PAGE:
MS, RD, LDN, CSSD, CBS
Rachel holds a Master’s in Nutrition Communication from Tufts University and is also a Board Certified Specialist in Sports Dietetics. She works as a nutrition and wellness coach with focuses on infant and maternal nutrition, and mindful eating.
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Your specific vitamin C daily requirements vary by age, gender and life stage:
Note that if you are a smoker, you should add 35 mg to your relevant category.
In its natural state, vitamin C is primarily found in fruits (especially citrus varieties) and vegetables. Plant foods particularly high in vitamin C include papaya, bell peppers, broccoli, Brussels sprouts, pineapple, oranges, grapefruit, kiwi and cantaloupe.
Food-based vitamin C is prone to damage by heat (including when foods are cooked) and won’t store well over long periods of time, so it’s good to include raw vitamin C-rich foods in your regular diet.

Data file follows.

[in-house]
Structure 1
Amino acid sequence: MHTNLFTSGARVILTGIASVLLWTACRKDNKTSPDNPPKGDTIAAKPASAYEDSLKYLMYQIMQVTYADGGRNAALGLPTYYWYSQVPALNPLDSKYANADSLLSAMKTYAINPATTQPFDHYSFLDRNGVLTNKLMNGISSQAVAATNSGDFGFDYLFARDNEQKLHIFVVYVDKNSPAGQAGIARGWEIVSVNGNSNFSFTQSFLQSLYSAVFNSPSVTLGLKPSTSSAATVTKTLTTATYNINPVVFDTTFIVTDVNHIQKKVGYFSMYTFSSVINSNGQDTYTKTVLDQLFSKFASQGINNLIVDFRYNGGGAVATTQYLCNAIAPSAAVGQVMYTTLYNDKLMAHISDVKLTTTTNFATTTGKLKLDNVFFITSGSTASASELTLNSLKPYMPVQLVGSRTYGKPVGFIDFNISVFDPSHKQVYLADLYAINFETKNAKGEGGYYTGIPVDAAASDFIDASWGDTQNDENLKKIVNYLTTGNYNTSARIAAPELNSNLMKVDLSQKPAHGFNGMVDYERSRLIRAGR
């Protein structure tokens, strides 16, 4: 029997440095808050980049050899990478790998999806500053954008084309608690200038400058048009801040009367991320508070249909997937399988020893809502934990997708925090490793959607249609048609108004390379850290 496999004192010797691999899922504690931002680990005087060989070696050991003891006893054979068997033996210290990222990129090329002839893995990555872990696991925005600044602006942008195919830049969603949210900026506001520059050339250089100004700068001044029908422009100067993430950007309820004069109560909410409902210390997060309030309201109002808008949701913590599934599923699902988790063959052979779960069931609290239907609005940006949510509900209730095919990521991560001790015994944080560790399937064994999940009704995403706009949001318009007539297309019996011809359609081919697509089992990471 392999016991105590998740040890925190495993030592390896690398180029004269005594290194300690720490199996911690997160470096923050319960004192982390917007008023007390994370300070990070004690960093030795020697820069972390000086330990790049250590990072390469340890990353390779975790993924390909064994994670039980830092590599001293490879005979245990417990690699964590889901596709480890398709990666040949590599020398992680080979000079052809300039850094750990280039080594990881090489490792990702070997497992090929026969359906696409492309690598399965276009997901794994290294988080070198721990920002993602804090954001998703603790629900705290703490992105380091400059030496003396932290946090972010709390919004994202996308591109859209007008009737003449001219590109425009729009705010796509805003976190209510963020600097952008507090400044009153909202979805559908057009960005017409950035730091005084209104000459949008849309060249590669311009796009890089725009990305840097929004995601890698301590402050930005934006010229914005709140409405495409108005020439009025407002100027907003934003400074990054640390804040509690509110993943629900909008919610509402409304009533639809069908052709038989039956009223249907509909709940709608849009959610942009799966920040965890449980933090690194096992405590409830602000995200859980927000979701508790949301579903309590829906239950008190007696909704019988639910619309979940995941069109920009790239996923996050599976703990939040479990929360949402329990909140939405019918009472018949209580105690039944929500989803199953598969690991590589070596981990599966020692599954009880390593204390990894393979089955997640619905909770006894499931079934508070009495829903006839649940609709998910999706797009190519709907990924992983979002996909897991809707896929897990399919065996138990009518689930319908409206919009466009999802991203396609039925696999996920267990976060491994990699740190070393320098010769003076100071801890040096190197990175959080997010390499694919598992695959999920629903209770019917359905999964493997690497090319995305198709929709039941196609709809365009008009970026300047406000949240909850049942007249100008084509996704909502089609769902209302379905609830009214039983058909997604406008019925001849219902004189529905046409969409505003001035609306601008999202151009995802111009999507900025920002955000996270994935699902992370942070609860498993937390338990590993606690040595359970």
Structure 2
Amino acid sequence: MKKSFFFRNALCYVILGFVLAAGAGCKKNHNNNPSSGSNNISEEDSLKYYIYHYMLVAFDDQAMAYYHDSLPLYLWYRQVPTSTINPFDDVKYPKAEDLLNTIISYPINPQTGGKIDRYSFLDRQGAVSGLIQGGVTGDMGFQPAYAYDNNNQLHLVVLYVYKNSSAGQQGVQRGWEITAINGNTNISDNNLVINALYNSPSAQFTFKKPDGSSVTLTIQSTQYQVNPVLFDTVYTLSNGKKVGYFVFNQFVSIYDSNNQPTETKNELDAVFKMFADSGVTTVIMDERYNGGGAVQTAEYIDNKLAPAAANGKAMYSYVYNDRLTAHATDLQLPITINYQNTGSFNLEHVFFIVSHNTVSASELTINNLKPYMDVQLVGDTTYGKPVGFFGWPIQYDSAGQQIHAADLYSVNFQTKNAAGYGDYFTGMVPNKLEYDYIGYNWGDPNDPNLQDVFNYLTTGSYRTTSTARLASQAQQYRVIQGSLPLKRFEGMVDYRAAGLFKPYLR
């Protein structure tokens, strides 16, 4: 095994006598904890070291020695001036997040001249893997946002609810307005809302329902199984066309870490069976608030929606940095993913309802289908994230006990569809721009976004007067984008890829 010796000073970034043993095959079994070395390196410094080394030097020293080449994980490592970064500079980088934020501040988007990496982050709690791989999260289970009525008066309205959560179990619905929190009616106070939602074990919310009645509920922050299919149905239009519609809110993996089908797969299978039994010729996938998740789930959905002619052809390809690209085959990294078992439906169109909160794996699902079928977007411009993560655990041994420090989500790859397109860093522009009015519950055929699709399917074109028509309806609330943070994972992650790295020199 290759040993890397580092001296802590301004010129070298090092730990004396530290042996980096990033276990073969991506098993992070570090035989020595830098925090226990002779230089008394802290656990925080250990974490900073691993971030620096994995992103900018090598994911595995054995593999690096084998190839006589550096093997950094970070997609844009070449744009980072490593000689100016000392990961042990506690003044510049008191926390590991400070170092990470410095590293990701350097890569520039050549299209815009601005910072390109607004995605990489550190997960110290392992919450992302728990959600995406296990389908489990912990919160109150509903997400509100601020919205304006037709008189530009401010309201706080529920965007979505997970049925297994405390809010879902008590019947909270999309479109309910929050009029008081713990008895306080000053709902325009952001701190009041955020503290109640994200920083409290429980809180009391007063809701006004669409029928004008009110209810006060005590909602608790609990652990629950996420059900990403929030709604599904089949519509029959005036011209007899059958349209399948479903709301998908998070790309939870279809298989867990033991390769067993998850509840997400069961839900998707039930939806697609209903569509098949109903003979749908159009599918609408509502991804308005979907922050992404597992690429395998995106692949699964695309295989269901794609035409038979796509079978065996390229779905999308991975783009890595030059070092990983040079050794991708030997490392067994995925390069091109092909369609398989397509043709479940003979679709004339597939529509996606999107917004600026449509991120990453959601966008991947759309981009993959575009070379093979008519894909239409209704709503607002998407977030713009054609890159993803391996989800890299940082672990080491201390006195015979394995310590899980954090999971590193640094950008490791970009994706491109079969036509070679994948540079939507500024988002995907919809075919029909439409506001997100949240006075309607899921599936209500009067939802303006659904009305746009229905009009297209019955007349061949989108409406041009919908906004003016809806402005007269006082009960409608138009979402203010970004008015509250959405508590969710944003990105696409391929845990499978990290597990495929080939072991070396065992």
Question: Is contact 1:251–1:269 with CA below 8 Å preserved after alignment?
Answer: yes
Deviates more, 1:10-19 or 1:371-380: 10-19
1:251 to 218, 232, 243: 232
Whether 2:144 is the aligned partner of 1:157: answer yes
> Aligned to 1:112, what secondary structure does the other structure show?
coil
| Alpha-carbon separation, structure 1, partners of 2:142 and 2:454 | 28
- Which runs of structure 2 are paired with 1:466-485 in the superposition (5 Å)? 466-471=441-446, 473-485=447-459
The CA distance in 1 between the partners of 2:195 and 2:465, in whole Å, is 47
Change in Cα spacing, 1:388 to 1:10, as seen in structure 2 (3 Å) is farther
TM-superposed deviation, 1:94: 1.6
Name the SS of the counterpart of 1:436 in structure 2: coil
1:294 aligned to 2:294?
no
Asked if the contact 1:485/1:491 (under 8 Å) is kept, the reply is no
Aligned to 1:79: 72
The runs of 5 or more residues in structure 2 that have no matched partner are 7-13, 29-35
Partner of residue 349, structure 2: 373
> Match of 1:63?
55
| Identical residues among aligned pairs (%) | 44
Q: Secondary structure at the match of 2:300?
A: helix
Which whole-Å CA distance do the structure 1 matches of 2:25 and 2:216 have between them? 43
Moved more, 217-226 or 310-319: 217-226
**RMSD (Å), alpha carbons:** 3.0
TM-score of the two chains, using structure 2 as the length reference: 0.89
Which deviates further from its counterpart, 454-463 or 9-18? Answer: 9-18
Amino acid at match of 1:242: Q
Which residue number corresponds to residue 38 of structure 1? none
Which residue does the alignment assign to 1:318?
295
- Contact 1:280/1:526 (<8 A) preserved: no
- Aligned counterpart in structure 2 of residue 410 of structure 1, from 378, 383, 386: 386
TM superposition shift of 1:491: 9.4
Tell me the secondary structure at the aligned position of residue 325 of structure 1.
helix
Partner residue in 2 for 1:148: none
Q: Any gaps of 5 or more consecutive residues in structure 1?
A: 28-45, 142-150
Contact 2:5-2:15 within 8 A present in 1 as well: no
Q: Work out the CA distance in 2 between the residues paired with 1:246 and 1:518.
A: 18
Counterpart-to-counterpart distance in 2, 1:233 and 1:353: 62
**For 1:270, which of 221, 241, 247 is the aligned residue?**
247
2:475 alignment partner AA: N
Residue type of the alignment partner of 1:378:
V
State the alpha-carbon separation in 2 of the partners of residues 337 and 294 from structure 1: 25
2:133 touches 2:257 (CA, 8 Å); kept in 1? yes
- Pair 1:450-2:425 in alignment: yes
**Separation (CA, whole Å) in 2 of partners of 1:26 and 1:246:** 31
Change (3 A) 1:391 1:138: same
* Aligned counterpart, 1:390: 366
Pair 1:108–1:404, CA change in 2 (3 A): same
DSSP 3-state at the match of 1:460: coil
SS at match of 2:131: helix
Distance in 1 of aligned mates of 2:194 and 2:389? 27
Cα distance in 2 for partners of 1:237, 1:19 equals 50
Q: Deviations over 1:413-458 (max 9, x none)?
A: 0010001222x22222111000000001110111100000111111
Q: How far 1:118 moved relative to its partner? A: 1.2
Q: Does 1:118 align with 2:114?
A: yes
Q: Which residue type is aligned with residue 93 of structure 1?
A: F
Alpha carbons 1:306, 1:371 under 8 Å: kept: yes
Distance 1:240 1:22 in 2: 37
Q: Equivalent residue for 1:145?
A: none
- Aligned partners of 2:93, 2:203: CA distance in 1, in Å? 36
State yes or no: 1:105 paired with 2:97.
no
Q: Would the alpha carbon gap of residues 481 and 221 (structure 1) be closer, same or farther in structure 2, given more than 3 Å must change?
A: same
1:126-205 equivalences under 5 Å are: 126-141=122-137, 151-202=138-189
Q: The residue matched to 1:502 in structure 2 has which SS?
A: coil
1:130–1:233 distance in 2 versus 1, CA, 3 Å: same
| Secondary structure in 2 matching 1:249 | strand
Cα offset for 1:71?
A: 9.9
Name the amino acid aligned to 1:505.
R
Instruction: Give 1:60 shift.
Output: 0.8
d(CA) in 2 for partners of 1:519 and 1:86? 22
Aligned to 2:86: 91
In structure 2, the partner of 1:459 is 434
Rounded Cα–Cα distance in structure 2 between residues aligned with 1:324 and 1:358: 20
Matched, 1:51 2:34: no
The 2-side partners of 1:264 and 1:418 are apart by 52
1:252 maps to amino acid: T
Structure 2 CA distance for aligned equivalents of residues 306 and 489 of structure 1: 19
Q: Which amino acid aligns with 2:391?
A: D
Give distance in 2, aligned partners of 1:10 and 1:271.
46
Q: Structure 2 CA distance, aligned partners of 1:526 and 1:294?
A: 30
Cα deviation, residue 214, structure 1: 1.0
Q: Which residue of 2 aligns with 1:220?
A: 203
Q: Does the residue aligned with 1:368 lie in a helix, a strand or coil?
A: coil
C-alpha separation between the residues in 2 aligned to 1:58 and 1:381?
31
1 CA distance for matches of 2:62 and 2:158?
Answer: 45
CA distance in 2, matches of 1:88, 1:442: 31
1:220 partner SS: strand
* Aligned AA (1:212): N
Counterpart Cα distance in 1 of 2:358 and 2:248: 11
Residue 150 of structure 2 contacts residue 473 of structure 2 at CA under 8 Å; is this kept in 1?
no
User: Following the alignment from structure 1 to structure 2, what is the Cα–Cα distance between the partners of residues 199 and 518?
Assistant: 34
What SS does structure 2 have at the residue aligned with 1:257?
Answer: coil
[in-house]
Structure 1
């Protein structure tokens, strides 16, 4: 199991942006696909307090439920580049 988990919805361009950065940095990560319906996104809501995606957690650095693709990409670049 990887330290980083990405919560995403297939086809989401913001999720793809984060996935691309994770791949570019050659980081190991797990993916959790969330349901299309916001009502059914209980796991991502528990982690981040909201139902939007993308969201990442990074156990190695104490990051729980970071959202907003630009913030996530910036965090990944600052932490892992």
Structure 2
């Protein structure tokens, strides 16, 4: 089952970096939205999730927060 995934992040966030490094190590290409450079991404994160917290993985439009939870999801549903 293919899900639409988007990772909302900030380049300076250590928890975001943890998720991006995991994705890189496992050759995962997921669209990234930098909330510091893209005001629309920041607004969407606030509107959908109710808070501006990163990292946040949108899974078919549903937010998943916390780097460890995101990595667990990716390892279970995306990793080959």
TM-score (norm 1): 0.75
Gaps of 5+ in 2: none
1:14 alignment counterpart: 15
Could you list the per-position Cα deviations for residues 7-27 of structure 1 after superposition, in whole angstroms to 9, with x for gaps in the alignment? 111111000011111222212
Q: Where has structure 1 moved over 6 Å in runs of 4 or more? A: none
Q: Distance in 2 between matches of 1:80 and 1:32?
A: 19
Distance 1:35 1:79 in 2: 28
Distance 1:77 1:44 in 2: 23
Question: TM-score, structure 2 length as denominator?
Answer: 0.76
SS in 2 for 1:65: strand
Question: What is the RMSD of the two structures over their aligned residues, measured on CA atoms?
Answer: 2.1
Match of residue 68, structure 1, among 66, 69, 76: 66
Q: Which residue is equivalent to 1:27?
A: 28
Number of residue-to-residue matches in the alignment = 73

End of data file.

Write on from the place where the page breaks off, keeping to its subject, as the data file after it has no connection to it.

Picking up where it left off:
Called ascorbic acid in synthetic form, vitamin C can be its own standalone supplement and is commonly incorporated in most multivitamins or prenatals. It also appears as a preservative in many packaged foods.
The good news is that vitamin C deficiency is rare. Vitamin C inadequacy can occur in some people (those with a very limited food repertoire, a disease like severe malabsorption or smokers), but if you regularly eat fruits and vegetables, you will likely be getting an adequate amount of Vitamin C.
Eat and offer your child a variety of fruits and vegetables every day
Produce should account for half of what you put on your plate. These plant foods are especially high in vitamin C:
Know that it is not difficult to meet vitamin C recommendations
For example, eating half a cup of red bell pepper or 1 medium size orange will likely take your over your daily requirement.
Increase your vitamin C intake if you are a smoker
If you have regular exposure to smoking, make sure to increase your vitamin C intake by 35mg above the recommended daily amount for your age.
Vitamin C The National Institute of Health. Date accessed 2 Mar. 2018.